2021 SOUTH AFRICAN FILM FESTIVAL

2021 SOUTH AFRICAN FILM FESTIVAL
12th – 24th May


‘We are bringing to your homes 17 remarkable films’

‘What kind of tickets are available?’
‘You can either buy a Festival Pass which will grant you access to all of the films (A$60 for an individual or A$80 for more than 1 person viewing films), or you can purchase individual tickets for each film you would like to view $8 (for an individual) or $10 (more than 1 person).’

For more information see
https://saff.org.au/

Measuring individual-level multidimensional poverty in South Africa

ANU School of Demography Seminar

Date and Time: Tuesday 20 April 1.30-2.30pm

Location: Room 1.23 RSSS Building and By Zoom (details below)

 Presenter: Dr Helen Suich

Title:  Measuring individual-level multidimensional poverty in South Africa

Abstract:
The Individual Deprivation Measure (IDM) is a gender-sensitive and multidimensional measure of poverty, assessed across 14 economic and social dimensions of deprivation. I this seminar, I will introduce the IDM as an individual measure of multidimensional poverty, and provide highlights from the South African country study. Data was collected from more than 8,500 individuals across South Africa, in 2019. I will provide examples of how this innovative tool can provide rich insights into the different patterns of deprivation, and use the data to highlight some of the important differences in the experiences of men and women and across age groups. I will present data from a range of dimensions which illustrate how individual-level data enriches our understanding of multidimensional poverty and can better inform poverty reduction policies and programmes designed.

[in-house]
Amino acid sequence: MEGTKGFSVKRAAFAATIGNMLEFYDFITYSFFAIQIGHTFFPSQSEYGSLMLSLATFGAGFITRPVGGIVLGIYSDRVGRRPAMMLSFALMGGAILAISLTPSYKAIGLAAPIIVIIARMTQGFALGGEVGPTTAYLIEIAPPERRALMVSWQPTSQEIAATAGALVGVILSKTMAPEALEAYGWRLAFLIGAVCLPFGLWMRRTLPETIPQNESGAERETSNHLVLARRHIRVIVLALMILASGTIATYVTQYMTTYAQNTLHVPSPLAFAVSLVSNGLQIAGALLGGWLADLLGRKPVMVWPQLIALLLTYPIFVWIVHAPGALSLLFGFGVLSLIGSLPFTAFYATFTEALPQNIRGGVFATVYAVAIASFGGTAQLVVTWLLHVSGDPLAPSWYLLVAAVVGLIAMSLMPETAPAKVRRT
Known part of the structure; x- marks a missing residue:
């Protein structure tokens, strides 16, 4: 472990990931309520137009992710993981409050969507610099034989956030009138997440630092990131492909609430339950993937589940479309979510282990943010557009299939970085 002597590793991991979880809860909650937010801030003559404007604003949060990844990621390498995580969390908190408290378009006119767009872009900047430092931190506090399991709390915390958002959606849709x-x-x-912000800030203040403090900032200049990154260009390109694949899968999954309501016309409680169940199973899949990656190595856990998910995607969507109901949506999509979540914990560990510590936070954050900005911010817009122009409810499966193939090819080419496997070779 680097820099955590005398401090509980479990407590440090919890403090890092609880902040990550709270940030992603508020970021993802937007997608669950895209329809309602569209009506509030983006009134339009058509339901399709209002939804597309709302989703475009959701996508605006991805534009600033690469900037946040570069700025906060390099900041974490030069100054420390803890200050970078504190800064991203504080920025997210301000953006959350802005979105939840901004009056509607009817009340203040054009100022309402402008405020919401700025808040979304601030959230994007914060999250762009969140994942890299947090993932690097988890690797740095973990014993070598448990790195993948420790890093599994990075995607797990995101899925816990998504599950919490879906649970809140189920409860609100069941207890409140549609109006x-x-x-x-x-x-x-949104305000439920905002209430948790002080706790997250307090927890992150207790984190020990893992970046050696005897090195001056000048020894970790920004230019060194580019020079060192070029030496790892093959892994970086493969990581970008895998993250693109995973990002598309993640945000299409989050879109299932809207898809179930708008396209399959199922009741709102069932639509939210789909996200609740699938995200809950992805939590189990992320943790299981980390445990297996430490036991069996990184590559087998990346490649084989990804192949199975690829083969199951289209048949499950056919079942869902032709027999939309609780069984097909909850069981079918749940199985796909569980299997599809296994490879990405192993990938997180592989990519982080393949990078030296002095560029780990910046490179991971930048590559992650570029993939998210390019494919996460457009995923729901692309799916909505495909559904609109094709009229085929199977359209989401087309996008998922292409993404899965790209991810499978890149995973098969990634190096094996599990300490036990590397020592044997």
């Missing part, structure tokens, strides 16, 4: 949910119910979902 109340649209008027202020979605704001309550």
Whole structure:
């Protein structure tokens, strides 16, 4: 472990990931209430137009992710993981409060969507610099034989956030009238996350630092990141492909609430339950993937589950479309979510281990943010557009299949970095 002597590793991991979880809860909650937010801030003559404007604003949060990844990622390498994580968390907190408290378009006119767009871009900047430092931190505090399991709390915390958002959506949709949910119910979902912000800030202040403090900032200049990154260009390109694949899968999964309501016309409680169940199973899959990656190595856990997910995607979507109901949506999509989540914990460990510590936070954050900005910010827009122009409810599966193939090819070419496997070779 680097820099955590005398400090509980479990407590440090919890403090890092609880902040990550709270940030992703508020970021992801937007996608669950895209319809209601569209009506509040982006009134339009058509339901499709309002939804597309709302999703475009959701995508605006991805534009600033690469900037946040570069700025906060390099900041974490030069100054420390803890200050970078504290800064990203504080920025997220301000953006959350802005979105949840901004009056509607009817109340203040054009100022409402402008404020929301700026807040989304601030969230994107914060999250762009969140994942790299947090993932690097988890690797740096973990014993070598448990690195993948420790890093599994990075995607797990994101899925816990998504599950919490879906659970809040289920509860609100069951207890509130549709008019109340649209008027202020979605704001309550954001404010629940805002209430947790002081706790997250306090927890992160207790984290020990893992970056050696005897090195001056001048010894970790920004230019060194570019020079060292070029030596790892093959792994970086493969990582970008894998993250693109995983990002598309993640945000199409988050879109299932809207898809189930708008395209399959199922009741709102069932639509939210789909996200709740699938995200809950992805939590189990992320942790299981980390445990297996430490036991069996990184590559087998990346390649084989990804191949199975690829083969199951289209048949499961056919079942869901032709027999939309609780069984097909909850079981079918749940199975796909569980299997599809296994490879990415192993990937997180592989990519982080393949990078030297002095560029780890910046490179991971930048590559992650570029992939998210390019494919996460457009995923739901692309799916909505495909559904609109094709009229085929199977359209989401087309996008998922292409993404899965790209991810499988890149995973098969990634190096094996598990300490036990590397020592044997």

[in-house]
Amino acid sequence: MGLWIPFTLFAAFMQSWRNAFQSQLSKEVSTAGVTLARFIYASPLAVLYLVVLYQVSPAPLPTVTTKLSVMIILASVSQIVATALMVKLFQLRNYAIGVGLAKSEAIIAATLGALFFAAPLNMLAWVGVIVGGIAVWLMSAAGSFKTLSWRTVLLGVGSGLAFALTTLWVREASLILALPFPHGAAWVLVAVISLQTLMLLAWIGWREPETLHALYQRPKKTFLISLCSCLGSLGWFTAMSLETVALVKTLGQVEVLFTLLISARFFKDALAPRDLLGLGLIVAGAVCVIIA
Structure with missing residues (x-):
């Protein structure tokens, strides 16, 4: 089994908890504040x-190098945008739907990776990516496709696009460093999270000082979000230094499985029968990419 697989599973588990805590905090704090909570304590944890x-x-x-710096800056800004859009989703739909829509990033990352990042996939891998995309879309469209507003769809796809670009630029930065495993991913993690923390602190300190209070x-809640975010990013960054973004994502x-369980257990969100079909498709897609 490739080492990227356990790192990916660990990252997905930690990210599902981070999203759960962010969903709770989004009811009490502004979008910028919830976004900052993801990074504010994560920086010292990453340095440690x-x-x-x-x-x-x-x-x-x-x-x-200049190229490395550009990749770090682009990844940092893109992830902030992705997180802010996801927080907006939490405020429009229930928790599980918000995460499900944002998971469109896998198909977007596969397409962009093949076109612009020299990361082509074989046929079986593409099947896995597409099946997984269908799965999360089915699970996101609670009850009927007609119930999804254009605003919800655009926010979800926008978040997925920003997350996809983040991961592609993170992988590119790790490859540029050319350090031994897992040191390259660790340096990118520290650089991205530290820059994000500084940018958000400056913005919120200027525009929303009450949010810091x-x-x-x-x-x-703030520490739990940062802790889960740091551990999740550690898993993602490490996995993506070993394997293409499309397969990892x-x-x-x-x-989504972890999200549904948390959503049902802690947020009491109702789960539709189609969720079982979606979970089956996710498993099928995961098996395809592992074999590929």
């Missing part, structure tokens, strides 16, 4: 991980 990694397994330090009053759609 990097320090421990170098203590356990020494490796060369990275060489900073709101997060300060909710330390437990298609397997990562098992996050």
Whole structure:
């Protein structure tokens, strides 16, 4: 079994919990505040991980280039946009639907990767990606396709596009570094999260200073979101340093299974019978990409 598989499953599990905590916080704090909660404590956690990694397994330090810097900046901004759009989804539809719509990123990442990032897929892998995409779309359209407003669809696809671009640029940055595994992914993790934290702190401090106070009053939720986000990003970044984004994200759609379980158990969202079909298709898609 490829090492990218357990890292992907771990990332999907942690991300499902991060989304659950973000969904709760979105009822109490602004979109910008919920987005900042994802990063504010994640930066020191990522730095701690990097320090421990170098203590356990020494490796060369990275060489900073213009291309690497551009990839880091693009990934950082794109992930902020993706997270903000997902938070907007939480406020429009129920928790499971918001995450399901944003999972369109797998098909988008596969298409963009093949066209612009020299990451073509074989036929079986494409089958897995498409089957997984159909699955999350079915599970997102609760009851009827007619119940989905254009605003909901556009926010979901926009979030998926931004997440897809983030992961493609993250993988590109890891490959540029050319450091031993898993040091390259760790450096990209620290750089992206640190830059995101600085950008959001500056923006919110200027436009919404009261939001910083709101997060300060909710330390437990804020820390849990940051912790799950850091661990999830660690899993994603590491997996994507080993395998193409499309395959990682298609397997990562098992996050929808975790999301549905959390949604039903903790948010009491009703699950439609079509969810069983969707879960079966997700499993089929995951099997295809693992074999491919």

Bio:
Helen Suich is an independent researcher, focusing largely on issues of poverty alleviation, rural development and natural resource management, and the design and evaluation of projects and programs designed to achieve these goals. Helen worked as a senior research fellow in the IDM programme at ANU, and led the IDM South Africa Country Study.

Join Zoom Meeting
https://anu.zoom.us/j/89520189486?pwd=NlpFQVRoVFV5YUxzL3pMS1cwT0NnUT09

Meeting ID: 895 2018 9486
Password: 144496

Additional Resources provided by Helen Suich

There are a wide range of resource available for those who are interested in the results of the South African survey and the methods used for the analysis. There are six briefing notes, describing the results for the main sample, as well as the analyses by gender, by age group, by disability status and by rural/urban locality. The sixth summarises the South African country study and the revised data analysis methods. Accompanying documentation includes reports describing the revised methods in detail, as well as providing all of the revised results. A comprehensive report published in May 2020 summarises the initial analysis of both the main sample and the purposive sample, which is available here. There is also a series of videos, one summarising the South African country study, one for the overall results of the main sample, based on the revised analysis methods, and one each describing the results by gender, age, rural/urban locality and disability status.
More information about the ANU-led Indonesia study can be found here.

Seminar on Implications for Agricultural Research for Development in Southern Africa

Public Seminar: History matters – Implication for Agricultural Research for Development in Southern Africa

Speaker: Henning Bjornlund, Research Professor in Water Policy and Management at University of South Australia. Since 2013 he has worked on a Research for Development project funded by ACIAR and lead by ANU

Date: 1pm, Thursday 29 Apr 2021

Venue: Frank Fenner Seminar Room
141 Linnaeus Way, Acton ACT 2601,

Also available online via Zoom

For more information and to register go to 

https://fennerschool.anu.edu.au/news-events/events/public-seminar-history-matters-%E2%80%93-implication-agricultural-research-development